Political News

Retired ambassador to Libya to lead Cuba attacks review

Posted January 10, 2018 9:43 a.m. EST

— Retired Ambassador Peter Bodde has been tapped to lead the State Department's Accountability Review Board examining the attacks on US diplomats in Cuba, two senior State Department officials tell CNN.

The Accountability Review Board is an internal State Department mechanism to review security incidents involving diplomatic personnel. The most well-known recent review board came after the deadly attack on a diplomatic compound in Benghazi, Libya, in 2012.

Bodde was most recently the US ambassador to Libya between November 2015 and his retirement at the end of last year. He has also served as ambassador to Nepal and Malawi. He joined the Foreign Service in 1981.

Officials acknowledged Bodde's panel will have a difficult mission painting a picture of events in Havana with little evidence beyond the health problems of the 24 diplomats and their family members affected.

"We don't know what happened, how it happened or who did it," one of the officials said. "All we know are the consequences. It's going to be tricky."

This official said that a debate exists within the US government as to whether technology even exists that can cause the symptoms suffered by the diplomats, but added the fact that only diplomats in certain houses and hotel rooms were affected has left little doubt that the diplomats were targeted.

"Unless aliens beamed in from Venus, they were attacked," the official said.

Officials say the Cuban government has cooperated and with the FBI investigation, with another official describing Havana's cooperation as "forthcoming."

"They did exactly what we would have done in this situation," the second senior State Department official said.

Although the US doesn't believe the Cuban government directed the attacks, the officials said there is a strong suspicion some rogue elements of the Cuban security apparatus must have been involved.

"This took place while people were sleeping," this official said. "Whoever was doing it knows where these people's bedrooms were or what hotel room they were in. But because we can't identify the technique or technology used, it allows the Cubans to say they are not involved and that the Americans don't have any idea what happened."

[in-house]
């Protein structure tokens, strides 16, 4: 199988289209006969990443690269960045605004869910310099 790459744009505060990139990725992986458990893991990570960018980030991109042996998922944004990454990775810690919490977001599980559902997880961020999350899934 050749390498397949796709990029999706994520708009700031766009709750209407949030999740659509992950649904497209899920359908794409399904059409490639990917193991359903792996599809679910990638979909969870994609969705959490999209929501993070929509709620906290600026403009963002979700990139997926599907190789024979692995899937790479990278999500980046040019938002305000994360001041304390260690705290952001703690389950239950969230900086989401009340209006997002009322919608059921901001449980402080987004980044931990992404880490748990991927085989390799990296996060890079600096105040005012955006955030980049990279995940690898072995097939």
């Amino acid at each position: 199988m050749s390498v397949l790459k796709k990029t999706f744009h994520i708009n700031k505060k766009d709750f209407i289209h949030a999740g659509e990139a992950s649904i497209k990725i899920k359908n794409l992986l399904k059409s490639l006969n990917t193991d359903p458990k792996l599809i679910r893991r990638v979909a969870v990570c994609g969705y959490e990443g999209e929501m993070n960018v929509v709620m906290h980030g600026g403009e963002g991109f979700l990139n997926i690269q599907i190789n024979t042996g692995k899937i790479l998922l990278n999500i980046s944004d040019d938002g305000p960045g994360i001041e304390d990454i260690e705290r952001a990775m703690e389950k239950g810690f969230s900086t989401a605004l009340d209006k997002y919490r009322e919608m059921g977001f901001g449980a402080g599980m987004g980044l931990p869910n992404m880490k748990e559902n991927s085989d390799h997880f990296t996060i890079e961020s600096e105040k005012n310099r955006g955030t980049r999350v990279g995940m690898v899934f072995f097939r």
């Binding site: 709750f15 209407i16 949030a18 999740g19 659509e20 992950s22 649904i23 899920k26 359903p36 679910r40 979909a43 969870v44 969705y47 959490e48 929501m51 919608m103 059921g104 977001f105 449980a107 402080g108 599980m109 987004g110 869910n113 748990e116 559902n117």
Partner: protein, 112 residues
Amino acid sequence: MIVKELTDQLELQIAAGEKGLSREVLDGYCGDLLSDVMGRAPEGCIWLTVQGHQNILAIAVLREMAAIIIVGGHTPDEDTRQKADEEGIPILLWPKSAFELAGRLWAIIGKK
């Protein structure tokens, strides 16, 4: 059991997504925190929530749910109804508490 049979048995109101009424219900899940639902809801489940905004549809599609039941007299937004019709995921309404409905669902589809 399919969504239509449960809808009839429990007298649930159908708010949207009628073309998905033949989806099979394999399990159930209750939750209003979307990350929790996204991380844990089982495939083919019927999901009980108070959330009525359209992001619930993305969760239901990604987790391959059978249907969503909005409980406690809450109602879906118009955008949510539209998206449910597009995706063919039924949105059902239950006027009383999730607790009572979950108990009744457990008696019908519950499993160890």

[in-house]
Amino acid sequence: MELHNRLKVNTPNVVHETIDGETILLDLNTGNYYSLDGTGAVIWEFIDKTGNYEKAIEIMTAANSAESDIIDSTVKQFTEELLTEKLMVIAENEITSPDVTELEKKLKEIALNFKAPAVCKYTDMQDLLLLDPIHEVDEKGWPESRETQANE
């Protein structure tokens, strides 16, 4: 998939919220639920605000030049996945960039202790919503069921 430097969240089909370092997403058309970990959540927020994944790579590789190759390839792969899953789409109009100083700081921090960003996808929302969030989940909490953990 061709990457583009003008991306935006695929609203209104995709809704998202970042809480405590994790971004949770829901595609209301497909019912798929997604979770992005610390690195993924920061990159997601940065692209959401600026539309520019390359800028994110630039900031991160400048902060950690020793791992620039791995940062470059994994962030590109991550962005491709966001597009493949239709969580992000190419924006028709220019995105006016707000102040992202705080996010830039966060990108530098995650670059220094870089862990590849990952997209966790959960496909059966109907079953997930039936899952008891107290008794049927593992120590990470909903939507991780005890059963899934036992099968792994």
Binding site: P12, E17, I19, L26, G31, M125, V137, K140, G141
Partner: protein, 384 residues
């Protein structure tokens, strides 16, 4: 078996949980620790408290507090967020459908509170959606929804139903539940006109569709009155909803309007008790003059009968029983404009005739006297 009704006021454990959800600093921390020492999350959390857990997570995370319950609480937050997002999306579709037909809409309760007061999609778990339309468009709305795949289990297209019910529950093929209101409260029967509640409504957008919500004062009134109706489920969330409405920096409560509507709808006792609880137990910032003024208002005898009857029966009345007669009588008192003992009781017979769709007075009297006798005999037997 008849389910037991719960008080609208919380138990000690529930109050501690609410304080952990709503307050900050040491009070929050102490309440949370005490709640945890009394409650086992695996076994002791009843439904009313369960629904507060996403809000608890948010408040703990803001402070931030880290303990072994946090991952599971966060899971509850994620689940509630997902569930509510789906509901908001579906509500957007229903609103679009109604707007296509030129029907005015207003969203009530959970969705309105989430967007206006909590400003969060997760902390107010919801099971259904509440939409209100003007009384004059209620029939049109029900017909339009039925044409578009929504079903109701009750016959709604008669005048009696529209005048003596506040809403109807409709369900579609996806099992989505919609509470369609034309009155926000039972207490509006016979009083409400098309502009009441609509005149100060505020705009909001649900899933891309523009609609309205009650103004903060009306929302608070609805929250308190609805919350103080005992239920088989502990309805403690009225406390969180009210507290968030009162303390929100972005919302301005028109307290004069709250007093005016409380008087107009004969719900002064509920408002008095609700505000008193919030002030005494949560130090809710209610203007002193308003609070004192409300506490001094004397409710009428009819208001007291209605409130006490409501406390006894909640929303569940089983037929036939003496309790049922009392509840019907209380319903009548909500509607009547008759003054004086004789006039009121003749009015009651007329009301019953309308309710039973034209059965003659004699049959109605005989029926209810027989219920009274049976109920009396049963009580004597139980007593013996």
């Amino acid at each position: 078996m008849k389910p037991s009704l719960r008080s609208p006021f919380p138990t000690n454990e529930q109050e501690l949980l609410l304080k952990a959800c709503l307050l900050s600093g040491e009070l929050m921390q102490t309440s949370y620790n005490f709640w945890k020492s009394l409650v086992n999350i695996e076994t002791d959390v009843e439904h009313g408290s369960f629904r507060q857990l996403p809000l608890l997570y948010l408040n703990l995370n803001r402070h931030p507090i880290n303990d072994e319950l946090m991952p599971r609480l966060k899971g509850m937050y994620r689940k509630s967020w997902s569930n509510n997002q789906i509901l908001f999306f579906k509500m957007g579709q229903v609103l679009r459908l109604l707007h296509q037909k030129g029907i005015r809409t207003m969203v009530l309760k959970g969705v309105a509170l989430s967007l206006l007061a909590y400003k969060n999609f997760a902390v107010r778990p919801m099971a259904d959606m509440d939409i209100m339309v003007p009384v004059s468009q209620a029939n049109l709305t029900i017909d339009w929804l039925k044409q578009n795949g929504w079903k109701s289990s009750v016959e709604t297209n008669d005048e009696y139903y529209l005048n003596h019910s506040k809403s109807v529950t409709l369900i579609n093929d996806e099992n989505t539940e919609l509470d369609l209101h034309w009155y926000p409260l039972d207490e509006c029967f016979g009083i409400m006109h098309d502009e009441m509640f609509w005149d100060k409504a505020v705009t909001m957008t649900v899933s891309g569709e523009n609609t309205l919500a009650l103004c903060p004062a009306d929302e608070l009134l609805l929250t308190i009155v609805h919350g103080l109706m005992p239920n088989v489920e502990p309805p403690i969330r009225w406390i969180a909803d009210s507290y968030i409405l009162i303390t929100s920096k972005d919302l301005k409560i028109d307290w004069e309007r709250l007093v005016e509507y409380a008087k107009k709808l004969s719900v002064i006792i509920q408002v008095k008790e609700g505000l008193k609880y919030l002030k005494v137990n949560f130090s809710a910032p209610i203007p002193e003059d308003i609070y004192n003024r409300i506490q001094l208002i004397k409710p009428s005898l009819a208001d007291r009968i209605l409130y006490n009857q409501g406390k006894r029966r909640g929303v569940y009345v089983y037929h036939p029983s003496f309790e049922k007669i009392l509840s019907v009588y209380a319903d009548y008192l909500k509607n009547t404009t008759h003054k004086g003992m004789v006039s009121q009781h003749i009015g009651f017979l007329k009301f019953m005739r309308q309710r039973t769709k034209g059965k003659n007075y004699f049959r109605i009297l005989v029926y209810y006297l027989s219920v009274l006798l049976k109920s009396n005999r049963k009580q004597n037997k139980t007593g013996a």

Indeed, after Tuesday's hearing on Capitol Hill, in which the State Department and federal investigators said have been unable to attribute the source or cause of the ailments, the Cuban foreign ministry issued a statement saying, "months of thorough probes have proven that there has been no attack."

The Department of State has no evidence whatsoever that allows it to affirm that there has been attacks against its diplomats in Havana, or that Cuba could be responsible for or be aware of actions carried out by third-parties wrote Josefina Vidal Ferreiro, Cuba's Director General for US Affairs. "I categorically reiterate that the Cuban government has no responsibility whatsoever in the health conditions reported by US diplomats."

Officials say they suspect if and when the Cubans do find out what happened, they will put a stop to the attacks, but will not tell the US or make the revelations public because they don't want to admit they have rogue elements in the ranks.

"We just have to see a long period of no attacks," the first official said.

Although the last known incident occurred last August, the official noted: "These symptoms sometimes have a period to emerge so we can't say yet that it's over. Until then it would be irresponsible to send our diplomats back."